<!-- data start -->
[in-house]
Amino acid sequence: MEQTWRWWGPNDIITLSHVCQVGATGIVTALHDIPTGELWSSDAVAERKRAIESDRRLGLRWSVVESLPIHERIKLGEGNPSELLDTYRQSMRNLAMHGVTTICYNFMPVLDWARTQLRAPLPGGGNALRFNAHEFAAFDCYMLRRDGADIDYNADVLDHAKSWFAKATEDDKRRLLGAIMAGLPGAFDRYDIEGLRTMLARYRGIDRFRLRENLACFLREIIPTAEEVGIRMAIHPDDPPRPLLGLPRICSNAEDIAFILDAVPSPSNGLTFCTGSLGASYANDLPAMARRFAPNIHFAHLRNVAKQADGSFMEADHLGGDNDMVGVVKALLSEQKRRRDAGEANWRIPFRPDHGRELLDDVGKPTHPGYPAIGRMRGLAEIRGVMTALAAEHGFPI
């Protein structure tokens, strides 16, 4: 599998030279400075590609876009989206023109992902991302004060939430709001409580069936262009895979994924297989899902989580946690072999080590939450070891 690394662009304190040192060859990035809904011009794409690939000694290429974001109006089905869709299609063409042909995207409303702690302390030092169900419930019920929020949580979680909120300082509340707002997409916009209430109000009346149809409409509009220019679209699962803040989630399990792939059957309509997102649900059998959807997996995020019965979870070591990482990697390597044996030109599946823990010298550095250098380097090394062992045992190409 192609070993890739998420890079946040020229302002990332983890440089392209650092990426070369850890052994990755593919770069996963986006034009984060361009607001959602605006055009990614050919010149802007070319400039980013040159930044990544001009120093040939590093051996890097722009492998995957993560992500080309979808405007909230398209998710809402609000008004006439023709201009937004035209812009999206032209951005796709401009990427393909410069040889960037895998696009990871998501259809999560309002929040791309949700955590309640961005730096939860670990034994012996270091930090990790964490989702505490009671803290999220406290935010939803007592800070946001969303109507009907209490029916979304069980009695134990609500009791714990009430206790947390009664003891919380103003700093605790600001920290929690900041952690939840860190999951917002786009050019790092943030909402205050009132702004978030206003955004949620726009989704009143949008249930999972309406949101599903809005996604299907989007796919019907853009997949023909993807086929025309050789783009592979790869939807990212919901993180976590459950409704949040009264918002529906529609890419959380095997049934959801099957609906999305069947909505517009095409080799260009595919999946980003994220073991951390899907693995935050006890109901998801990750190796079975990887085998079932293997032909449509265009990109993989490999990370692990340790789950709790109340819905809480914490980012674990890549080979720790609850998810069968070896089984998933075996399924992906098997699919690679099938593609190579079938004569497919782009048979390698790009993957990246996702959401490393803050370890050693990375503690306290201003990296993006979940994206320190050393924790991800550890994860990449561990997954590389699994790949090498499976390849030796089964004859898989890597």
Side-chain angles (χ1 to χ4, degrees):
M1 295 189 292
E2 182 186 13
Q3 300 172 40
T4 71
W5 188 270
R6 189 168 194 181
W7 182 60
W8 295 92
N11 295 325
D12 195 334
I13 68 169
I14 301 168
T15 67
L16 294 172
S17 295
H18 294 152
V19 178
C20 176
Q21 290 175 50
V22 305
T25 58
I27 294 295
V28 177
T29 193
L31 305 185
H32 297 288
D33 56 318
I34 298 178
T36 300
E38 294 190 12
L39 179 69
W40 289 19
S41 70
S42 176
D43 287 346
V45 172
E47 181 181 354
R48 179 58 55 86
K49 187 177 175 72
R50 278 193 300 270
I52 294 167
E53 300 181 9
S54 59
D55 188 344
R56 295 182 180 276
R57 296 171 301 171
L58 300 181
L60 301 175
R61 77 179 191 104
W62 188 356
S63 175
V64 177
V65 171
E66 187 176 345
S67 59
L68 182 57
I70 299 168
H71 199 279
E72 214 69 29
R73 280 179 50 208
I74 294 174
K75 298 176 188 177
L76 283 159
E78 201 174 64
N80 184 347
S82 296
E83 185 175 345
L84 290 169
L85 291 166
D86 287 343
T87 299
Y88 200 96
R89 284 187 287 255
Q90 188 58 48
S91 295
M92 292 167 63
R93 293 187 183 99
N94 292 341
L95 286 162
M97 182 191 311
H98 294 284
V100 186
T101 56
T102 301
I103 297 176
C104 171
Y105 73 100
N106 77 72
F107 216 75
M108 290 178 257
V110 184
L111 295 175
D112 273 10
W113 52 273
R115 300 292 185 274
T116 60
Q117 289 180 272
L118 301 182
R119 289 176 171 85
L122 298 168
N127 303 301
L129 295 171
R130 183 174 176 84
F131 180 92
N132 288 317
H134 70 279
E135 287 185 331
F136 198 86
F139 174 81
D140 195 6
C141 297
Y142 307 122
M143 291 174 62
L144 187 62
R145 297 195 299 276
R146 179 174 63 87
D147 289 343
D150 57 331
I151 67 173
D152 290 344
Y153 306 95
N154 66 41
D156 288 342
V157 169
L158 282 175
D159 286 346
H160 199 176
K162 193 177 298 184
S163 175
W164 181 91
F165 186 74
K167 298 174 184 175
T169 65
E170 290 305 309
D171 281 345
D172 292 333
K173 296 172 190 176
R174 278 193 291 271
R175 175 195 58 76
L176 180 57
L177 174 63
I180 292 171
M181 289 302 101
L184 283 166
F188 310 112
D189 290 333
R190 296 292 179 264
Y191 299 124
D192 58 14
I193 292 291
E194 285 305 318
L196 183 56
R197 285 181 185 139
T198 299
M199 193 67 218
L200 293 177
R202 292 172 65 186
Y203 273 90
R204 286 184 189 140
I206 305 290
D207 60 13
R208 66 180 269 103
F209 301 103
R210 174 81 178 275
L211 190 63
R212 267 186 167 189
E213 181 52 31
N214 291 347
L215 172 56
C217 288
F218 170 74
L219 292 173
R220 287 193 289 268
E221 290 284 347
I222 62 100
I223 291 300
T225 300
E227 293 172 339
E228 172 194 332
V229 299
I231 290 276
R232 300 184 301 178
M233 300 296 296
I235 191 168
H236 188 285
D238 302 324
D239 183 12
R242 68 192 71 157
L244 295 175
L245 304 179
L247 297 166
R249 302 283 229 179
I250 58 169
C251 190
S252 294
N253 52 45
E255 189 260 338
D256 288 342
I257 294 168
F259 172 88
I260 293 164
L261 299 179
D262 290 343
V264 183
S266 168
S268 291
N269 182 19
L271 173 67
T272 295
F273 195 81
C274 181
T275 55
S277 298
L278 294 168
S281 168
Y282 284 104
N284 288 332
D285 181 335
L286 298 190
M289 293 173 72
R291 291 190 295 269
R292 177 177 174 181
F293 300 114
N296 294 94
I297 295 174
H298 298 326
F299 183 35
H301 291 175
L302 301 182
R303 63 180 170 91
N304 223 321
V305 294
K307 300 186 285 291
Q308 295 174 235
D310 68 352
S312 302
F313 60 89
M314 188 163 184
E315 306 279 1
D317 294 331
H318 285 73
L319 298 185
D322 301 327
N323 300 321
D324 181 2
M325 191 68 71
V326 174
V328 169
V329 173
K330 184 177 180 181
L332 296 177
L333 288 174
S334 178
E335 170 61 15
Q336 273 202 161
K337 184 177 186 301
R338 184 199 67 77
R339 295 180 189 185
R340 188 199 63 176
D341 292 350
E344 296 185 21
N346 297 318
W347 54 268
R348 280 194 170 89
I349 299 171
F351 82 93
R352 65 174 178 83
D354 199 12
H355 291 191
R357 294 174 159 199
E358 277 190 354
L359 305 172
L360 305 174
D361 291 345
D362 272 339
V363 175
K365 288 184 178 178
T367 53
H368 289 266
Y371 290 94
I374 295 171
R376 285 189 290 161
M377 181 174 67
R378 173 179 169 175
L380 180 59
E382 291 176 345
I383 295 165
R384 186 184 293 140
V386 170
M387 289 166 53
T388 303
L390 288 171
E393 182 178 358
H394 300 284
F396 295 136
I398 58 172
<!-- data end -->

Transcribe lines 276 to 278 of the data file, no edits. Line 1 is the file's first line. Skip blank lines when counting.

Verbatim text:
L359 305 172
L360 305 174
D361 291 345